How do you simplify #sin(tan^-1(x))#?

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mason m Share
Sep 26, 2017

Answer:

#sin(tan^-1(x))=x/sqrt(x^2+1)#

Explanation:

We can use the principles of "SOH-CAH-TOA".

First, let's call #sin(tan^-1(x))=sin(theta)# where the angle #theta=tan^-1(x)#.

More specifically, #tan^-1(x)=theta# is the angle when #tan(theta)=x#. We know this from the definition of inverse functions.

Since #tan(theta)="opposite"/"adjacent"#, and here #tan(theta)=x/1# we know that

#{("opposite"=x),("adjacent"=1),("hypotenuse"=?):}#

Using the Pythagorean Theorem, we can see that the hypotenuse of a right triangle with legs #x# and #1# has #"hypotenuse"=sqrt(x^2+1)#.

Now, to find #sin(tan^-1(x))#, find #sin(theta)# for the triangle where

#{("opposite"=x),("adjacent"=1),("hypotenuse"=sqrt(x^2+1)):}#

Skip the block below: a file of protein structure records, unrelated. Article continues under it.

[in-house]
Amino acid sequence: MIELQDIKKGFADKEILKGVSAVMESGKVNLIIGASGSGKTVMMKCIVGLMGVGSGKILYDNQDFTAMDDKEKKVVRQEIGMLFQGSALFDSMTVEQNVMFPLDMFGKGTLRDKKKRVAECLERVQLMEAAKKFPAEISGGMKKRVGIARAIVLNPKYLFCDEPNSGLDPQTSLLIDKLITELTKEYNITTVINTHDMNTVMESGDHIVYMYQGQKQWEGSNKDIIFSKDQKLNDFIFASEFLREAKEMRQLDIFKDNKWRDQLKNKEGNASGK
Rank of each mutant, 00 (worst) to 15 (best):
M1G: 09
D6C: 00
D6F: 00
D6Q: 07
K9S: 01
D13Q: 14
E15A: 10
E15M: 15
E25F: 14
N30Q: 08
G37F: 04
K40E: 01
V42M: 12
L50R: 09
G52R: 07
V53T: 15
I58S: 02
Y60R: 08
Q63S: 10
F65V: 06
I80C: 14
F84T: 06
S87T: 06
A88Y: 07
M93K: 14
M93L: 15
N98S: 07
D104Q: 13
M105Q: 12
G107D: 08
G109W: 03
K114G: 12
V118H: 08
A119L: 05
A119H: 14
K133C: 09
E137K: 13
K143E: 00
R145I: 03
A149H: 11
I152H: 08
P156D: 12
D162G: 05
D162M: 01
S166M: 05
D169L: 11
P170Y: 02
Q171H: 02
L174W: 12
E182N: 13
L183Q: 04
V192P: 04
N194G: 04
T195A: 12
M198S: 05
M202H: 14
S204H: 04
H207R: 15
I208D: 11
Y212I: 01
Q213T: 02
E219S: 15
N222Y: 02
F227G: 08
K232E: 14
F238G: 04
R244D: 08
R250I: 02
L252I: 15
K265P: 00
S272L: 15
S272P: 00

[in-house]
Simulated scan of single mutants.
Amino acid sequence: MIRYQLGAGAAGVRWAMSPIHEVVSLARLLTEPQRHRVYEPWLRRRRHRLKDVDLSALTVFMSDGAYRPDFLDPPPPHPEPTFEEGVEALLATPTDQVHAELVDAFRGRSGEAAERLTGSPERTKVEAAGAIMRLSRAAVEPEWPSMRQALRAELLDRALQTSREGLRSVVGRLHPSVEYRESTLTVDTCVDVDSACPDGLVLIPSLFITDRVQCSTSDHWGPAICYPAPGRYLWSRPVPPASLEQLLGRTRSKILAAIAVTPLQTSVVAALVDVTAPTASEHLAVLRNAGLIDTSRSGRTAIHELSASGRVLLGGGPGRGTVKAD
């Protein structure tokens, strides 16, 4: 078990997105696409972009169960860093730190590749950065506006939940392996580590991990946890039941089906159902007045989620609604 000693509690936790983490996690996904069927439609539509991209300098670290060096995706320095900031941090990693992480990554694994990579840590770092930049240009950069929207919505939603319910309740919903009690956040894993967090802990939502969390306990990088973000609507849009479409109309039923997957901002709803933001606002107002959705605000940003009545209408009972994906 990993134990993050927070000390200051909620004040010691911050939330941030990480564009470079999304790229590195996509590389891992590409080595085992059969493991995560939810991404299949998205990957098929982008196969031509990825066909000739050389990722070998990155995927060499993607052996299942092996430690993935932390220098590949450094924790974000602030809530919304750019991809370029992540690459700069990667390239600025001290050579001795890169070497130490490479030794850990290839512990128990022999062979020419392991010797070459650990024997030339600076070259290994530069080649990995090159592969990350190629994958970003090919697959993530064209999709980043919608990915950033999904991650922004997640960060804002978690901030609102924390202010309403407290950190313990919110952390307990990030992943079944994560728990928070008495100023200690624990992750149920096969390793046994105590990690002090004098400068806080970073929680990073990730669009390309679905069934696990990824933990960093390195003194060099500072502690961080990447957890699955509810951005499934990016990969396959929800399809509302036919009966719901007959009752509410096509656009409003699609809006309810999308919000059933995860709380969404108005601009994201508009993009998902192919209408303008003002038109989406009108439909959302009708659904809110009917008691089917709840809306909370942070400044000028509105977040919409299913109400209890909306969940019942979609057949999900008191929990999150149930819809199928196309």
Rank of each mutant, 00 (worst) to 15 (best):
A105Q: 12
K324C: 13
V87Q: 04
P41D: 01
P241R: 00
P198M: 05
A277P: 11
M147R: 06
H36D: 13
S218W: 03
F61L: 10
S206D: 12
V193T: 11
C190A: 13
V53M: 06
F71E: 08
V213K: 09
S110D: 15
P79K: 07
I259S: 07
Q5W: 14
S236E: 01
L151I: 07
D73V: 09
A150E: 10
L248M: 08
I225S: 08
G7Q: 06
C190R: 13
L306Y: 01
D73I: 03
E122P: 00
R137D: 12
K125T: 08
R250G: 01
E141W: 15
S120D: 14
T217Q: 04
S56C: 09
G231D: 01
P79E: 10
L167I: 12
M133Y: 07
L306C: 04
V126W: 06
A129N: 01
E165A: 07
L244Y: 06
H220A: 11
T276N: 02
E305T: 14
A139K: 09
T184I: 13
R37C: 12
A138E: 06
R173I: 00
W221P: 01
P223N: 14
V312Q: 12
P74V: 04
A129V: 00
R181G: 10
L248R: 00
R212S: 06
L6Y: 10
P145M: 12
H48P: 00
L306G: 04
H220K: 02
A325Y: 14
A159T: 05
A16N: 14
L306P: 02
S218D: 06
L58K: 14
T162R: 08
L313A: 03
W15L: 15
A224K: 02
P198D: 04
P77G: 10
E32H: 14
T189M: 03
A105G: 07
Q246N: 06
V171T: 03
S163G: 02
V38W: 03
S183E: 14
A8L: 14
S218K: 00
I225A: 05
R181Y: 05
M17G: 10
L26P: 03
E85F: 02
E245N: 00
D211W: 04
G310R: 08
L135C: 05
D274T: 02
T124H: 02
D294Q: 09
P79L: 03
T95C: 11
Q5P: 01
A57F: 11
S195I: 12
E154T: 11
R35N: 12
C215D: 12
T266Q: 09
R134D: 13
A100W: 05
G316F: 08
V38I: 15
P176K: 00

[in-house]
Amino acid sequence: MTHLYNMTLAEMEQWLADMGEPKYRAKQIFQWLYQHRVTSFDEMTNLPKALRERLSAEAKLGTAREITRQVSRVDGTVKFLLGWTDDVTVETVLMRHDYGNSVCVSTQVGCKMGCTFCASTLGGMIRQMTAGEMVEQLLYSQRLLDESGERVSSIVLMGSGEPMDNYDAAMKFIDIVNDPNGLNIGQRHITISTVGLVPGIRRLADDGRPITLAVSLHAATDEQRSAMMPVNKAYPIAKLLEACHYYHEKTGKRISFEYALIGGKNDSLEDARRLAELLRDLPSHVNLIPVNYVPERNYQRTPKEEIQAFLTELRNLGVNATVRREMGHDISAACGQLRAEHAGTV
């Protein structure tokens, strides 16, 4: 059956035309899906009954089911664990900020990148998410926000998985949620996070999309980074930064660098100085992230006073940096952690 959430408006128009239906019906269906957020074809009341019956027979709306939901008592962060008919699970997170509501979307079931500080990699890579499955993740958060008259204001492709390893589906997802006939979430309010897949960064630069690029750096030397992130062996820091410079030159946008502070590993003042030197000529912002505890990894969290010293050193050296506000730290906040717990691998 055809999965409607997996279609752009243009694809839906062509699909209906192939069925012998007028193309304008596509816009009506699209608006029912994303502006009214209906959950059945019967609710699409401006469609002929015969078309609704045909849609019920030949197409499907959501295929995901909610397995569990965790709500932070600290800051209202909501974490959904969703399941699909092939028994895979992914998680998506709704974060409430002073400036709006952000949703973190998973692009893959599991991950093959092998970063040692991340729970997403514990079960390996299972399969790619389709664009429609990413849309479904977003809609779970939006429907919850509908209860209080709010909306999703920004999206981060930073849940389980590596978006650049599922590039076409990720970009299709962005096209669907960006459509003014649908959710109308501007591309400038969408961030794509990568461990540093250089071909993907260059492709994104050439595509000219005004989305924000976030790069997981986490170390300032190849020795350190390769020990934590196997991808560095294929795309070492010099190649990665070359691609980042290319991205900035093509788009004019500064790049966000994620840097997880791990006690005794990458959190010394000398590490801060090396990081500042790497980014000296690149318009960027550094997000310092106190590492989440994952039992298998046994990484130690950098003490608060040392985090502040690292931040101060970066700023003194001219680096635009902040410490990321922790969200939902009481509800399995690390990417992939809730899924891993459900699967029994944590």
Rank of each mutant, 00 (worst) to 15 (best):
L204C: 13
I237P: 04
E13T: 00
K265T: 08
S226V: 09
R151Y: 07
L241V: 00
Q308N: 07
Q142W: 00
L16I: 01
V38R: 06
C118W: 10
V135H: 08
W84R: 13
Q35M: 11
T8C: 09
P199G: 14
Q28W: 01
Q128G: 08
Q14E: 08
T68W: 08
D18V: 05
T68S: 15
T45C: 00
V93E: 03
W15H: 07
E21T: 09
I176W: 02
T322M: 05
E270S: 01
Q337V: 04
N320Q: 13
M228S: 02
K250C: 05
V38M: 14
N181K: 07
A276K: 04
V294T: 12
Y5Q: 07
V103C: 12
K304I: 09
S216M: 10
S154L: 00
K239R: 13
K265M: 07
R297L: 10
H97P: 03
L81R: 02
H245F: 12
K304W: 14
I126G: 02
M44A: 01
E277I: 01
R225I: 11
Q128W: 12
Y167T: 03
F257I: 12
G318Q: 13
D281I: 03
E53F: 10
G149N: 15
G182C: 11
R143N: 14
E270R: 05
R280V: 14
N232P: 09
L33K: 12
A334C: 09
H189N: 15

Since #sin(theta)="opposite"/"hypotenuse"#, we see that

#sin(tan^-1(x))=x/sqrt(x^2+1)#

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Mar 15, 2016

Answer:

#sin(arctan(x)) = |x|/sqrt(x^2+1)#

Explanation:

Knowing that

#sin^2(theta) + cos^2(theta) = 1#

We divide both sides by #sin^2(theta)# so we have

#1 + cot^2(theta) = csc^2(theta)#

Or,

#1 + 1/tan^2(theta) = 1/sin^2(theta)#

Taking the least common multiple we have

#(tan^2(theta) + 1)/tan^2(theta) = 1/sin^2(theta)#

Inverting both sides we have

#sin^2(theta) = tan^2(theta)/(tan^2(theta) + 1)#

So we say that #theta = arctan(x)#

#sin^2(arctan(x)) = tan^2(arctan(x))/(tan^2(arctan(x)) + 1)#

Knowing that #tan(arctan(x)) = x#

#sin^2(arctan(x)) = x^2/(x^2 + 1)#

So we take the square root of both sides

#sin(arctan(x)) = +-sqrt(x^2/(x^2+1)) = +-|x|/sqrt(x^2+1)#

Checking the range of the arctangent, we see that during it the sine is always positive so we have

#sin(arctan(x)) = |x|/sqrt(x^2+1)#

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